Either because of increased demand or because of law-enforcement efforts, opium prices in Iran surpass those in Afghanistan's other neighbors, the UNODC reported. A kilogram of opium cost an average of $930 in the portion of Sistan va Baluchistan Province that borders Afghanistan. In Tehran, that kilogram of opium retails for approximately $4,400. Morphine and heroin were more costly: in the portion of Sistan va Baluchistan Province that borders Afghanistan a kilogram of morphine cost an average of $3,800 and the same amount of poor-quality heroin cost $2,300. By the time the drugs get to Tehran, the prices will have increased to $4,700 for a kilo of morphine and $4,400-$7,700 for a kilo of heroin, depending on the purity.

Supply Interdiction

Iran's primary means of attacking the drug supply is through law-enforcement activity along its eastern borders. It also has created numerous static defenses -- such as trenches, fences, and giant sand berms -- along the border. Moreover, Tehran is working closely with Kabul and other countries to address the problem.

When Afghan Foreign Minister Abdullah Abdullah visited Iran in late November, the narcotics problem was a frequent topic of conversation. Abdullah said after a 23 November meeting with Supreme National Security Council Secretary Ali Larijani that they discussed counternarcotics extensively, IRNA reported. "Iran and Afghanistan have suffered immensely from illicit drugs and it is imperative that they cooperate on the issue," Abdullah said. They concurred that the international community should play a bigger part in combating drug trafficking from Afghanistan. Abdullah and Foreign Minister Manuchehr Mottaki also discussed counternarcotics cooperation, according to Mehr News Agency and IRNA. On 23 November they signed a memorandum of understanding that addressed border controls, as well as other issues.

Mottaki said on 7 November in Tehran at a conference on Central Asia and the Caucasus that drug-related activities threaten society and they also fund terrorists and criminals, IRNA reported. Mottaki noted the danger this poses to regional security and stability. Mottaki urged European states, which he described as the ultimate destination of the drugs, to do more to help Iranian counternarcotics efforts.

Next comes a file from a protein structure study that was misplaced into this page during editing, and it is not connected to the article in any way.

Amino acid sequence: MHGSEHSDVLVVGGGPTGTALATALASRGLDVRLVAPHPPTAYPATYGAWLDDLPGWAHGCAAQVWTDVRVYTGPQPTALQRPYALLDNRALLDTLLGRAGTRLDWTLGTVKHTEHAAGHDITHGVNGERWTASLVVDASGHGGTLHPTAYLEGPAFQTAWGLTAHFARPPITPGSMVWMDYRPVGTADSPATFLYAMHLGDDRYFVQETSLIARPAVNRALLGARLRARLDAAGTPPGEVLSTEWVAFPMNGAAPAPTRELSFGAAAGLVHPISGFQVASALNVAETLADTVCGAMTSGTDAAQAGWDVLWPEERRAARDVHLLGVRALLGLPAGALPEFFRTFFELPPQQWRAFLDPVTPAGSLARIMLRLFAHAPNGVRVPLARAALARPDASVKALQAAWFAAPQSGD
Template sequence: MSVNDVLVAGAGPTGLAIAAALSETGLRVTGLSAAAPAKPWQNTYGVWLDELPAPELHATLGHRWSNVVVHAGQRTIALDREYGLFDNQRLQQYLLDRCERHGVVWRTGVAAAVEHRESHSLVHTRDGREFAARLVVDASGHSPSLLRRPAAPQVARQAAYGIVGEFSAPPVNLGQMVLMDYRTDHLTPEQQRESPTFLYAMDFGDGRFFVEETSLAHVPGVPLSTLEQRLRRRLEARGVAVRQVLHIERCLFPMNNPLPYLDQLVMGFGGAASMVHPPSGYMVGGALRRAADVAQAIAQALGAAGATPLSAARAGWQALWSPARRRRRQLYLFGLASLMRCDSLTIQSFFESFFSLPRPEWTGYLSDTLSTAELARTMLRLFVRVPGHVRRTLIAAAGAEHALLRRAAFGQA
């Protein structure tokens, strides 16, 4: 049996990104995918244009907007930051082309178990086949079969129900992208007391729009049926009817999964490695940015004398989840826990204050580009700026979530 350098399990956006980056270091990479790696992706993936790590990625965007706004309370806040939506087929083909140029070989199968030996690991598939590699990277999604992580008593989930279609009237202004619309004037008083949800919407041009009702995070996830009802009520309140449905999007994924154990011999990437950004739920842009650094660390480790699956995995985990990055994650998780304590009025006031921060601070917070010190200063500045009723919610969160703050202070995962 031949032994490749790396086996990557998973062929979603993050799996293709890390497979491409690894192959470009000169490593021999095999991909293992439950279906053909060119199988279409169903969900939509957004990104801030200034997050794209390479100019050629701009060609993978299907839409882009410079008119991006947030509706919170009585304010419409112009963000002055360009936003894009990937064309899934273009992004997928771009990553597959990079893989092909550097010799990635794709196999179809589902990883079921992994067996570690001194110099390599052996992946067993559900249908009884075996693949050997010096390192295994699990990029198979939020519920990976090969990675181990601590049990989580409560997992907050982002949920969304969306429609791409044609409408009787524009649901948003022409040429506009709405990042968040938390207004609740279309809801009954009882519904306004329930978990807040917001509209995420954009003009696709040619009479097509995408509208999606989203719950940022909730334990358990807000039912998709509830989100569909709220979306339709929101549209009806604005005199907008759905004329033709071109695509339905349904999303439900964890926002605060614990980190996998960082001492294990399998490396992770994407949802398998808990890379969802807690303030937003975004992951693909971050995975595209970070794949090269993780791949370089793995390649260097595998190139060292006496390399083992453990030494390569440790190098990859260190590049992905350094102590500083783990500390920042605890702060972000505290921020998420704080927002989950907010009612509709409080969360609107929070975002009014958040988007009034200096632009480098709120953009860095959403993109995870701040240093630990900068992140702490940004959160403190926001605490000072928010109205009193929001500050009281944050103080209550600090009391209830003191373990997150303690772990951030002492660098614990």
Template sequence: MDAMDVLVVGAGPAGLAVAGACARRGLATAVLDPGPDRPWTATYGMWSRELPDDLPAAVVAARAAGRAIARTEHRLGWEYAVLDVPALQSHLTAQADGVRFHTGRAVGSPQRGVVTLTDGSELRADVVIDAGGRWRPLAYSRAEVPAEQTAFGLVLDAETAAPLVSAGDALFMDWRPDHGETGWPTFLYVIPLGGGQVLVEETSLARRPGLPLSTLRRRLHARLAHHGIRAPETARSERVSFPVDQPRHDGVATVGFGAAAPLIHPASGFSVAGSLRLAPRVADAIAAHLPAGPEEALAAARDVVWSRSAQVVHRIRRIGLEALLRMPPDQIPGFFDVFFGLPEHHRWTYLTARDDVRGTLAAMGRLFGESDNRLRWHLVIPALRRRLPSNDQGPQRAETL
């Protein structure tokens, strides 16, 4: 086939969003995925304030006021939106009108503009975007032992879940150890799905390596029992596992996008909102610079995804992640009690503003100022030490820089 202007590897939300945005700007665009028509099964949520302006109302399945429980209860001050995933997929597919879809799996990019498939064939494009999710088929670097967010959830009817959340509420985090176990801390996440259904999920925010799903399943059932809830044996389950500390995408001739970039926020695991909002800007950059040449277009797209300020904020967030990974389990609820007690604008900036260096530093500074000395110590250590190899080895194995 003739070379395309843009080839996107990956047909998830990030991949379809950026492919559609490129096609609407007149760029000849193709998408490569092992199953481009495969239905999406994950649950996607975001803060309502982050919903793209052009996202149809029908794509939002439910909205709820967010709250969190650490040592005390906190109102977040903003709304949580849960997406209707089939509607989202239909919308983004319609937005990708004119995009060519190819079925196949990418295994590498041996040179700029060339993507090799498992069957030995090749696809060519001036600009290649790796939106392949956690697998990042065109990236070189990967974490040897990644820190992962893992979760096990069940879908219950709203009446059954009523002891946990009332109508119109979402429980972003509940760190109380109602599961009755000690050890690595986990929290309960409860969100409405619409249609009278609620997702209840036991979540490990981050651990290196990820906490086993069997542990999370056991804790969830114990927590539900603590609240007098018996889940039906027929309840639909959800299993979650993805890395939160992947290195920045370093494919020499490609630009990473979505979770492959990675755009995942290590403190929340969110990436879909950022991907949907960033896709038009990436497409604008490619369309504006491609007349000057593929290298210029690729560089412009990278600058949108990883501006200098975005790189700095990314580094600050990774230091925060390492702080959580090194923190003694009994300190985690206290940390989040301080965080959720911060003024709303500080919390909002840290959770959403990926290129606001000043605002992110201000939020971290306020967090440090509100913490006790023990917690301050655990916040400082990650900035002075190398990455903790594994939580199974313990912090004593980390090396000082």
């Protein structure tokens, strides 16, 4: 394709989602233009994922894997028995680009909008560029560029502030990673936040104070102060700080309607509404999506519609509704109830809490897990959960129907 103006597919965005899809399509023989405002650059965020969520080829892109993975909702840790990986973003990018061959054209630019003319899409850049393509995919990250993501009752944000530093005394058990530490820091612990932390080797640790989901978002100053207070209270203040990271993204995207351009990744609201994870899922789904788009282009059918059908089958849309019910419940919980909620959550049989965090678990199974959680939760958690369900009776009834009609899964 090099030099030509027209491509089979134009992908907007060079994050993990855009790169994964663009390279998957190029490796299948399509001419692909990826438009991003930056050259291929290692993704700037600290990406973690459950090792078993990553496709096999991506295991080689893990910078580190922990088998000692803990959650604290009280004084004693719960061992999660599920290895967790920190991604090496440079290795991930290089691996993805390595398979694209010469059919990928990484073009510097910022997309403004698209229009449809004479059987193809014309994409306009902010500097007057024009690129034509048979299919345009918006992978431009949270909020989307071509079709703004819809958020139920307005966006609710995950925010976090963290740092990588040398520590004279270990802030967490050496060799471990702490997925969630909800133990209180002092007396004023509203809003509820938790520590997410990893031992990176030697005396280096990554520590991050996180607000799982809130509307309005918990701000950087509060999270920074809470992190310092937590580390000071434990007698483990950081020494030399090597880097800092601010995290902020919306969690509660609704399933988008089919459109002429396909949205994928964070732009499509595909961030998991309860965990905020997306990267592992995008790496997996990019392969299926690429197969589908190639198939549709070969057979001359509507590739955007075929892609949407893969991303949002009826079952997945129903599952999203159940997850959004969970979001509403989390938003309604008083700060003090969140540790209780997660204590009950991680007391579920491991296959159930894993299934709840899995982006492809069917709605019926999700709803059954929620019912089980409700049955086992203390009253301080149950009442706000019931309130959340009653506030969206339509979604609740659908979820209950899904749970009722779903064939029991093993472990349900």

Mottaki also discussed drug control during a 28 November meeting with his Azerbaijani counterpart, Elmar Muhammad-Yarev. The two sides reportedly agreed that cooperation in this area must be strengthened, IRNA reported.

Looking For Scapegoats

Through its cooperation with Afghanistan, and through its numerous drug-control agreements with other countries, Iran shows every sign that it recognizes the causes of drug production and abuse. Nevertheless, Iranian officials frequently resort to tired and preposterous theories when discussing the topic.

In a discussion of June and October violence in southwestern Iran, Minister of Intelligence and Security Gholam Hussein Mohseni-Ejei pinned the blame on the United States. He said drug smuggling has worsened since U.S. forces were deployed in Afghanistan, Fars News Agency reported on 10 November. "By increasing the level of insecurity, America is trying to justify its presence in the region and it is for this reason that America supports the smuggling [of drugs] and the creation of insecurity, because the establishment of security will mean the end of the American presence in the region."

As he toured the border with Afghanistan on 10 October, Interior Minister Mustafa Pur-Mohammadi said the U.S. presence in the region has contributed to drug trafficking and terrorism, Mehr News Agency reported.

Neither official speculated on the factors that might contribute to drug abuse by Iranians, such as unemployment, poverty, boredom, and hopelessness. "I have lost my hope," a retired social worker said in Kaveh Basmenji's book. "Drug abuse is going wild and out of control. Honestly speaking, I do not think we can do anything to fight the increasing number of addicts in Iran."

RFE/RL Iran Report

RFE/RL Iran Report